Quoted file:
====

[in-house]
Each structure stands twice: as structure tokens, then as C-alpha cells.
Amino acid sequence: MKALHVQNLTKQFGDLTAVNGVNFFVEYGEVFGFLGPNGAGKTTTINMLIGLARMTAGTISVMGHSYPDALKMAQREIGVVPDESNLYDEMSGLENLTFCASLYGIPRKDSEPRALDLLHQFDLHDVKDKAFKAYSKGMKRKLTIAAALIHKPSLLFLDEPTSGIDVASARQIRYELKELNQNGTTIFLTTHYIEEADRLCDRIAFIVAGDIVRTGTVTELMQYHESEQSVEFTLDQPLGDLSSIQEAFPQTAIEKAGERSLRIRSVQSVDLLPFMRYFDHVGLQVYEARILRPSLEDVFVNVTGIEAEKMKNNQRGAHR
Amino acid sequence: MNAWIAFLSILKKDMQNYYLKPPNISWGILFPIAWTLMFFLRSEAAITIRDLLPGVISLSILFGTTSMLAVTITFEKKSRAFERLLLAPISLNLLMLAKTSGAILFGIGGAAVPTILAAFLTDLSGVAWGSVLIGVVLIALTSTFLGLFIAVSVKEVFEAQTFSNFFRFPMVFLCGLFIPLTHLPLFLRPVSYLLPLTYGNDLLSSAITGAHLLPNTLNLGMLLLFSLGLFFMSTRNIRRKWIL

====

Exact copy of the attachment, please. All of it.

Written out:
[in-house]
Each structure stands twice: as structure tokens, then as C-alpha cells.
Amino acid sequence: MKALHVQNLTKQFGDLTAVNGVNFFVEYGEVFGFLGPNGAGKTTTINMLIGLARMTAGTISVMGHSYPDALKMAQREIGVVPDESNLYDEMSGLENLTFCASLYGIPRKDSEPRALDLLHQFDLHDVKDKAFKAYSKGMKRKLTIAAALIHKPSLLFLDEPTSGIDVASARQIRYELKELNQNGTTIFLTTHYIEEADRLCDRIAFIVAGDIVRTGTVTELMQYHESEQSVEFTLDQPLGDLSSIQEAFPQTAIEKAGERSLRIRSVQSVDLLPFMRYFDHVGLQVYEARILRPSLEDVFVNVTGIEAEKMKNNQRGAHR
Amino acid sequence: MNAWIAFLSILKKDMQNYYLKPPNISWGILFPIAWTLMFFLRSEAAITIRDLLPGVISLSILFGTTSMLAVTITFEKKSRAFERLLLAPISLNLLMLAKTSGAILFGIGGAAVPTILAAFLTDLSGVAWGSVLIGVVLIALTSTFLGLFIAVSVKEVFEAQTFSNFFRFPMVFLCGLFIPLTHLPLFLRPVSYLLPLTYGNDLLSSAITGAHLLPNTLNLGMLLLFSLGLFFMSTRNIRRKWIL